Chandrika Kaul/ Sue Mendus/ Peter Oborne
A free press is a fundamental pillar of a healthy democracy. It is a vehicle for free expression, informs public debate, and holds government to account. Is there a right to a free press and is this distinct from the freedom of speech of citizens in a democracy? Given the press is often accused of overstepping the mark, invading people’s privacy or publishing material that is harmful to the national interest, where might the limits of press freedom lie? We explore the nature, importance, limitations, and challenges of maintaining a free press in our digital age.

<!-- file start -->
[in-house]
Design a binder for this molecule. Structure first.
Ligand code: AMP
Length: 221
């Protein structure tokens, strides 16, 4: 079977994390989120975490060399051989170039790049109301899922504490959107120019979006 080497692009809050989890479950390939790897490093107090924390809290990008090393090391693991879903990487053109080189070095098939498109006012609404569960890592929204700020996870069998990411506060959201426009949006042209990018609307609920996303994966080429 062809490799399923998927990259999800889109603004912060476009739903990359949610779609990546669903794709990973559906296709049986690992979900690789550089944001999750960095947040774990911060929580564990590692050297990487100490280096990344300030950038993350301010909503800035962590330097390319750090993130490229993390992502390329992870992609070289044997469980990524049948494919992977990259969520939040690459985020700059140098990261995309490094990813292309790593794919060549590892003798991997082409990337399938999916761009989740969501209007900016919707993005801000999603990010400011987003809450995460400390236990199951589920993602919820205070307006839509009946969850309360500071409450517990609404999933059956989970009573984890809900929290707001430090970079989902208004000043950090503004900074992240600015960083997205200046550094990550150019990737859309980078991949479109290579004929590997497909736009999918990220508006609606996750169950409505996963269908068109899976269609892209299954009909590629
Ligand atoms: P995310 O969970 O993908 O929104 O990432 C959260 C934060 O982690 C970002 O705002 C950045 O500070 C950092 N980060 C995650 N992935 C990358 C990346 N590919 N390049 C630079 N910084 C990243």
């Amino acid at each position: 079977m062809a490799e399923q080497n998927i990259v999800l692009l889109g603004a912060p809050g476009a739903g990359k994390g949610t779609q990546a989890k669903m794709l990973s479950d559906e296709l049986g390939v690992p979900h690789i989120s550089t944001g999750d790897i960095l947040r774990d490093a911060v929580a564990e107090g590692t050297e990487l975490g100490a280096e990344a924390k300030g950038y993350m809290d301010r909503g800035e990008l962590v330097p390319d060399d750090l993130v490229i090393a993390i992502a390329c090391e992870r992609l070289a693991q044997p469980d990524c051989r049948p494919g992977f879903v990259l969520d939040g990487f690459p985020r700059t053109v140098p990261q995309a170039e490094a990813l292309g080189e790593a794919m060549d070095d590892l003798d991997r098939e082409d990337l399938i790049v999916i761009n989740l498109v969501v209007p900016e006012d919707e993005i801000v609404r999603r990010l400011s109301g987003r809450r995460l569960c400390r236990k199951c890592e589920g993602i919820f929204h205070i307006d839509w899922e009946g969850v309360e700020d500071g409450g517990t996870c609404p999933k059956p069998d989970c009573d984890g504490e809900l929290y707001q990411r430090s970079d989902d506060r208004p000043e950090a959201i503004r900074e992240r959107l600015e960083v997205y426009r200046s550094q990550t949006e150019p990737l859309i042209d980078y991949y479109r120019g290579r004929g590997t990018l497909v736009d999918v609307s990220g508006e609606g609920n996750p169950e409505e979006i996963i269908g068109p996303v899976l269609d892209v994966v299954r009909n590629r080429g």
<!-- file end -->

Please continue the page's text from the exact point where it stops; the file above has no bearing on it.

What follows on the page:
Chandrika Kaul, Reader in Modern History, University of St Andrews
Sue Mendus, Morrell Professor Emerita in Political Philosophy, University of York
Peter Oborne, Journalist, author, and commentator
Sarah Fine, Fellow, Forum for Philosophy & Senior Lecturer in Philosophy, KCL
Co-sponsored by the Royal Institute of Philosophy